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Understanding the Role of Genetics and Breast Cancer Risk in Latinas, Part Two
Our continued interview with BCRF Researcher Dr. Jeffrey Weitzel
BCRF: What are some of the barriers to genetic screening in Latina populations and how is your research addressing these needs?
JW: There are two major barriers in Mexico, Peru and Colombia: not enough trained genetic practitioners and lack of resources. While mammography is a covered benefit in Mexico, there are such limited resources for screening, that if all the women who are eligible to get mammograms did, the system would be overwhelmed. Genetic testing creates an even bigger burden. Consequently, while genetic testing has been commercially available in the US for nearly two decades, it is still not widely available in Mexico or other low and middle income countries.
Our BCRF support is helping us to provide both training and resources to clinics in Peru, Colombia and Mexico. We're teaching the doctors in these countries how to do genetic medicine with on-site training at the City of Hope and in Latin America, with ongoing access to multidisciplinary genetic tumor boards to enable continuous quality improvement and ensure they acquire the skills necessary to do genetic cancer risk assessment well. They continue to enroll patients in our ongoing prospective registry studies. We provide them with an inexpensive assay, which we call HISPANEL, and once the patients are counseled on genetic risk, the doctors administer the genetic screen, at a cost of about $25 per patient. That pre-screen allows patients to make preventive decisions based on family history and genetic screening. We are using next generation technologies to provide complete sequencing for HISPANEL-negative cases that meet National Comprehensive Cancer Network criteria.
We're creating a protocol that can be transferred to our Latin American partners on a screening platform that will be affordable for them locally, and ultimately suitable for other low resource settings. We also work with the advocates to help them understand the importance of genetic screening in directing the limited resources to those at most risk.
BCRF: In another recent article, a group from USCF identified a genetic variant common in Latina women that seemed to be protective against breast cancer. Can you comment on these finding and the impact they may have on screening recommendations?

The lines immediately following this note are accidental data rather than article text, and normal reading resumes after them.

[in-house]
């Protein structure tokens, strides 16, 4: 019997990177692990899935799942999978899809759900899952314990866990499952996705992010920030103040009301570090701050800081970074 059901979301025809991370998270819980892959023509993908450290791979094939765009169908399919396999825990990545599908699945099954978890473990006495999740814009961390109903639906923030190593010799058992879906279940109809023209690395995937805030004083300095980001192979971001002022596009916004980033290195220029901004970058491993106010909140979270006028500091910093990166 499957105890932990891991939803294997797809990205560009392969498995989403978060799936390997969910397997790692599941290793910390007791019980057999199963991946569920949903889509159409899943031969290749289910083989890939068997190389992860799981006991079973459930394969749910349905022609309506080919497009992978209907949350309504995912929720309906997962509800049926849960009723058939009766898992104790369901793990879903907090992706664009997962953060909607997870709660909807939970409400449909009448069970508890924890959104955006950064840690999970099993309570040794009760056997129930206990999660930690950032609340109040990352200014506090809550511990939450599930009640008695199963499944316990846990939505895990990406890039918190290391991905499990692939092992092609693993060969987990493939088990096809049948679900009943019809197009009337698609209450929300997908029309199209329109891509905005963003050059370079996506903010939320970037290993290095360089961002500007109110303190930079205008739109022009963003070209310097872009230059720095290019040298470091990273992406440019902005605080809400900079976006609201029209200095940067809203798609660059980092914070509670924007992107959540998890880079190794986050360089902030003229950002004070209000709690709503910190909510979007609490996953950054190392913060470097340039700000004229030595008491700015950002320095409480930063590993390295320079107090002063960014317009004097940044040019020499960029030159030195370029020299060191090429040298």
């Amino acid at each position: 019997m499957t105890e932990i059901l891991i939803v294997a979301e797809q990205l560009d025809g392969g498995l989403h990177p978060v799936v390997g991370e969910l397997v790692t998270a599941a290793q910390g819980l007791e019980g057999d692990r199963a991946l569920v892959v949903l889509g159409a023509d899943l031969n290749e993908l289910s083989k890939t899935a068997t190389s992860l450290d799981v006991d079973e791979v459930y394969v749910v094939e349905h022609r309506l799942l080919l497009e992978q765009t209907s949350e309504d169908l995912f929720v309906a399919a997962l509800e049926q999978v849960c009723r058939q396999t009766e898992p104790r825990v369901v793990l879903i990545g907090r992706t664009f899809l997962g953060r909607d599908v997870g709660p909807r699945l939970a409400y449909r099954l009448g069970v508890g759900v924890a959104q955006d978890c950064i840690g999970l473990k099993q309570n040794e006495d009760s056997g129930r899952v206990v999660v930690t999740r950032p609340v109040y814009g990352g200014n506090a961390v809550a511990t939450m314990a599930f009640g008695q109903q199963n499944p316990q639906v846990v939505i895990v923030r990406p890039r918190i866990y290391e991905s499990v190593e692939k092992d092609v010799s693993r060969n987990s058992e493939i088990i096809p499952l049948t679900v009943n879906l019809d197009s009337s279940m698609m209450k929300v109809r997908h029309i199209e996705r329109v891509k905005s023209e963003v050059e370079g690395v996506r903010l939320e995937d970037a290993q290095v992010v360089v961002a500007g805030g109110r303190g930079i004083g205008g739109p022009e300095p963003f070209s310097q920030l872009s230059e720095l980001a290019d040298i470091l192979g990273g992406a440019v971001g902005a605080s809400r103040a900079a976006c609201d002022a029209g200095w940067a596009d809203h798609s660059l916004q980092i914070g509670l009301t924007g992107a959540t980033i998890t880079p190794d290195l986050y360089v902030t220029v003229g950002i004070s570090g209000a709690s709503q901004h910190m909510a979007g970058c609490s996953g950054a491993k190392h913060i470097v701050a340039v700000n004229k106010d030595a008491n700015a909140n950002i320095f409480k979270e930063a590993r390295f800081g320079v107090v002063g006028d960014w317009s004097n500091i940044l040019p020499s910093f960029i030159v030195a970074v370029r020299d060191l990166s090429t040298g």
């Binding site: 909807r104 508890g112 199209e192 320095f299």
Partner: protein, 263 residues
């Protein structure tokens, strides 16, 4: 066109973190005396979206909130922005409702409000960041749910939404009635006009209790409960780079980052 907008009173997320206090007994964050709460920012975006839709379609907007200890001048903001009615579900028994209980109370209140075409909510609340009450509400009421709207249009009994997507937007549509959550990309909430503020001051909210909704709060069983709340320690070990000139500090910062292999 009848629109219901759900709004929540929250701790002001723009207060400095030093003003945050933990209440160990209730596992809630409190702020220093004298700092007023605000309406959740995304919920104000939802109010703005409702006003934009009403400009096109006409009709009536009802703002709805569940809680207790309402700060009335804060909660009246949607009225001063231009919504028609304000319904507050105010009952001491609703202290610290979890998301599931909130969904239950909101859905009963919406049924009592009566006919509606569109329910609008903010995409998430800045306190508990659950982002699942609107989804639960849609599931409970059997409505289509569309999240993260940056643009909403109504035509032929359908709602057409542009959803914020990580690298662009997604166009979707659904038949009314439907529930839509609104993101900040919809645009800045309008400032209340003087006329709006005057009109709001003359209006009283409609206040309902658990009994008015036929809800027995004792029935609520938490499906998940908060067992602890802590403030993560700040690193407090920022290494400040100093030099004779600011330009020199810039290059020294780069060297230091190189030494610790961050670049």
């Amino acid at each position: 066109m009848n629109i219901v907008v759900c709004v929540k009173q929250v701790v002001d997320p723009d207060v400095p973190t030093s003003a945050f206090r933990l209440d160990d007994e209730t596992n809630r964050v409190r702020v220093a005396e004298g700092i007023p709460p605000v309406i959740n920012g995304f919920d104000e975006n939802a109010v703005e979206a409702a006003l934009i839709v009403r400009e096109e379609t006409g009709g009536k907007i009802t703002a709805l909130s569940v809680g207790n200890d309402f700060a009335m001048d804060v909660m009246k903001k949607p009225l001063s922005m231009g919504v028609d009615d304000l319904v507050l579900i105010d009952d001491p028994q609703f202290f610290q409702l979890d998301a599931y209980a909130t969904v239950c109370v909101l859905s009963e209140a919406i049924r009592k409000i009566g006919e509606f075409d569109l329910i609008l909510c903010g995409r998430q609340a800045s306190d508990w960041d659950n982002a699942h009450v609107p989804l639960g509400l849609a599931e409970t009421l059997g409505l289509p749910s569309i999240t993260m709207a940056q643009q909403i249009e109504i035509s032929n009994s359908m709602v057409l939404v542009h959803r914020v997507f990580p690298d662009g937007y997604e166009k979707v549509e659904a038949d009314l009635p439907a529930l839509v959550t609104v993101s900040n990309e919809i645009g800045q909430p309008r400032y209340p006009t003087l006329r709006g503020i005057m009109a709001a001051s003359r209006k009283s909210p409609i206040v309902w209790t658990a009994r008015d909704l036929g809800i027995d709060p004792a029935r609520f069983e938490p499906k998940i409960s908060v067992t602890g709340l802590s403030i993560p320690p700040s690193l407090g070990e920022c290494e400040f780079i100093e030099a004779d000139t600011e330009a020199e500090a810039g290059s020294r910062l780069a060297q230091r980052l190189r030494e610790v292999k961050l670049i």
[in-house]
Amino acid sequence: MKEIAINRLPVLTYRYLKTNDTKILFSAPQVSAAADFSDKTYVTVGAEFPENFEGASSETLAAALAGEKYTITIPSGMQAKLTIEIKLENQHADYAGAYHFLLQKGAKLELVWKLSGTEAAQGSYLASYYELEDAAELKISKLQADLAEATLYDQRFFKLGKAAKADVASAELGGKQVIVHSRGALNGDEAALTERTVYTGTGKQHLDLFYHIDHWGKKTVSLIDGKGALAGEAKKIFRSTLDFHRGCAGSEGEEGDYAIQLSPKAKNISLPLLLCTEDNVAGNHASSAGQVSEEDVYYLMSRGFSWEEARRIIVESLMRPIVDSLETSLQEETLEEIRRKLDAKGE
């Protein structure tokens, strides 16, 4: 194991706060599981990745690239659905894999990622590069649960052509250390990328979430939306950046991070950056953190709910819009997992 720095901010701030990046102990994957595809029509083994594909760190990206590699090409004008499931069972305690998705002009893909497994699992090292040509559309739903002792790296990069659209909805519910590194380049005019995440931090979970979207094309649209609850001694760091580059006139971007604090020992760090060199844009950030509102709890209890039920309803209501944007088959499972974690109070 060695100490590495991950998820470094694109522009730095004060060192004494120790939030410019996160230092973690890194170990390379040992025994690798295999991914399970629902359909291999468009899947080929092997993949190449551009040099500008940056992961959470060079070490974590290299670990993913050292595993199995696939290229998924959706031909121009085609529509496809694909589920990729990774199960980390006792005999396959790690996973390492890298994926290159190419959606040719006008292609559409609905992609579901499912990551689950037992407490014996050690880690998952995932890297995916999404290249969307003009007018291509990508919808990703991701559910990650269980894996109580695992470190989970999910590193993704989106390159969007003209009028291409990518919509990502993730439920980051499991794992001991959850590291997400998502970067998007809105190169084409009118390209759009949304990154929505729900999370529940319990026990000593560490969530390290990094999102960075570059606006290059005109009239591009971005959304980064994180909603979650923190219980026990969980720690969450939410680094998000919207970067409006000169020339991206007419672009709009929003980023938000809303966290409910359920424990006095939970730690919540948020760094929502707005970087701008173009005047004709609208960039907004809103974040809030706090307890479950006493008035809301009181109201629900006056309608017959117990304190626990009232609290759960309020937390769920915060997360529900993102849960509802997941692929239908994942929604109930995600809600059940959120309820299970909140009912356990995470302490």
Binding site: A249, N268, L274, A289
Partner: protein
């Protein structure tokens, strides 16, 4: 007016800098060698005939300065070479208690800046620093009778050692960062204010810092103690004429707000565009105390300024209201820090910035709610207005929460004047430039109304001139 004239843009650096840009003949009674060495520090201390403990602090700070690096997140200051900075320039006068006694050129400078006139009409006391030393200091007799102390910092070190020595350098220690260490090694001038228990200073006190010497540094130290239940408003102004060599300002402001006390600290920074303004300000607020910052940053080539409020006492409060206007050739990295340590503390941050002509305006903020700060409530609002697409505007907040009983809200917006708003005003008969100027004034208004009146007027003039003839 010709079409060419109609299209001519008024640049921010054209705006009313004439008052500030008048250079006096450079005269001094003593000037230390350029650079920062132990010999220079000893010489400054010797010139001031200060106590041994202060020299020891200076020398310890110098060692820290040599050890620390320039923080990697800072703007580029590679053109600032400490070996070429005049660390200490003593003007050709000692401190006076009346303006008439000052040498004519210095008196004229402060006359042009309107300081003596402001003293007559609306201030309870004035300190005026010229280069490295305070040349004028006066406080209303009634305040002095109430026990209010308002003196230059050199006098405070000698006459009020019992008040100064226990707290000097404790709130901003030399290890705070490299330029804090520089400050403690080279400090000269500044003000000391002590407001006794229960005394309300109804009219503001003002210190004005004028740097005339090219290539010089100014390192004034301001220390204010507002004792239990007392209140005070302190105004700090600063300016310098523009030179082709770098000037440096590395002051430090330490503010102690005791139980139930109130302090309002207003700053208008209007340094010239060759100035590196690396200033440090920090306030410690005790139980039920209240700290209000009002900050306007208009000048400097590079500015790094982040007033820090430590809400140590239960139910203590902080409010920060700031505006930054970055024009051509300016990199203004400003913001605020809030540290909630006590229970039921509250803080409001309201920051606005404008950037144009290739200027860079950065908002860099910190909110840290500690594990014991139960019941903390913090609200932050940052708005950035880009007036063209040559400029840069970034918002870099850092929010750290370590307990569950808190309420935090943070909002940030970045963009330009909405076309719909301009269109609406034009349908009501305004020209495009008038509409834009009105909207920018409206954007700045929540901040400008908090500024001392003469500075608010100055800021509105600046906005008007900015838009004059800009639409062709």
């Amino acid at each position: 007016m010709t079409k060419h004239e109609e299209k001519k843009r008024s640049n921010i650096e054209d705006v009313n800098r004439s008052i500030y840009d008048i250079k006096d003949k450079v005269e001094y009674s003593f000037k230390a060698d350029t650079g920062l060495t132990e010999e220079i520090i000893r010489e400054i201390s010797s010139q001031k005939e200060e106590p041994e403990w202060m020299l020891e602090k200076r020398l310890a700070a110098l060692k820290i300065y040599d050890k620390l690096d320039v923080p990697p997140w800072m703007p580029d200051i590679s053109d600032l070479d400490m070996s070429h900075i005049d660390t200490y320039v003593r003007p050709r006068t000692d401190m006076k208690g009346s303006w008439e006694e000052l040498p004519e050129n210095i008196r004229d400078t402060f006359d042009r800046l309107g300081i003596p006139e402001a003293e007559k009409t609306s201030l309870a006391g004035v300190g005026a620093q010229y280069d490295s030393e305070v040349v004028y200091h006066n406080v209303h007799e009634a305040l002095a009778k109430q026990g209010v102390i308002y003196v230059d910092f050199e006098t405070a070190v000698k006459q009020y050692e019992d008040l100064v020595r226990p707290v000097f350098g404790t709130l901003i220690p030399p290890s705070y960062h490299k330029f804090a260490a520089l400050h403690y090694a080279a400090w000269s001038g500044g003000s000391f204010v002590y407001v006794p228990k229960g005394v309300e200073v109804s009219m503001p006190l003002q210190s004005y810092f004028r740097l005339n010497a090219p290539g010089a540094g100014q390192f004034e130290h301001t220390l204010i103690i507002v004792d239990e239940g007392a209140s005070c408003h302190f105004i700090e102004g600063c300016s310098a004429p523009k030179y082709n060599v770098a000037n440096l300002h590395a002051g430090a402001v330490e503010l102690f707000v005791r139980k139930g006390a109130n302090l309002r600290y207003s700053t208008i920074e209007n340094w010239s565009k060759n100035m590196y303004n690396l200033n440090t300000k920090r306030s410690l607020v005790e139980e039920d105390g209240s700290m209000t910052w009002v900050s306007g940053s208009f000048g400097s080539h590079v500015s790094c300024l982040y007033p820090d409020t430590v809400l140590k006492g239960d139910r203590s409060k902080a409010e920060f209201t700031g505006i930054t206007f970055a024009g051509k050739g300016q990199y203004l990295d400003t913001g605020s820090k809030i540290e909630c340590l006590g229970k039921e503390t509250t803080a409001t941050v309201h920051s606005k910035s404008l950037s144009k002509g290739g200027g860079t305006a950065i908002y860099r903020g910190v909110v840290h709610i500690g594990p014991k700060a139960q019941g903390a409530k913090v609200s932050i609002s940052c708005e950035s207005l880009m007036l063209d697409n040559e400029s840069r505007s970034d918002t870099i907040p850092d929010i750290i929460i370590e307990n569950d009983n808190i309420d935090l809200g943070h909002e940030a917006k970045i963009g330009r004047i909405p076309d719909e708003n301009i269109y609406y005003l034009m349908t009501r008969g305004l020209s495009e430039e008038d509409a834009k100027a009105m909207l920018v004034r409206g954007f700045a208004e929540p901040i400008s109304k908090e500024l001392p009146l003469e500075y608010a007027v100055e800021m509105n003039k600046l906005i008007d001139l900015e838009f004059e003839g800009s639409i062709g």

JW: The study found a single nucleotide change in the DNA, called a SNP, in a Hispanic population. The people who had this particular SNP, which the authors believe could be traced back to an indigenous population, were protected from breast cancer. We are now working with the UCSF group to study the same SNP in Latina BRCA mutation carriers to see if it modifies the risk of breast cancer in a high risk population. The challenge is determining whether that one SNP is protective enough to be able to tell someone they don't need screening. Once we learn more about how the gene where the SNP occurs influences risk the better we can apply that information to risk assessment and prevention.
BCRF: What do you see as the priorities in ending breast cancer disparities in Latina populations around the world?
JW: There have always been health disparities in the Latina community, but in my mind the genetic disparities have lasted longer than many. It's a multi-level problem that requires a multi-level solution. We need training for the clinical workforce to assimilate the new technologies in genomic sequencing; we need genetic testing that is both pragmatic and economical and accessible to the general population, not just to patients who can afford it. Leveraging the genomic technologies and allowing them to be used responsibly by trained clinicians will help us to direct limited resources to those with highest risk. For women with high risk mutations, a salpingo oophorectomy (surgical removal of fallopian tubes and ovaries) is the most effective preventive surgery and costs a fraction of mastectomy and reconstruction. Studies have shown that salpingo oophorectomy is not only cost-effective preventive strategy, but that it actually saves money per year of life saved, meaning that we can't afford NOT to do this.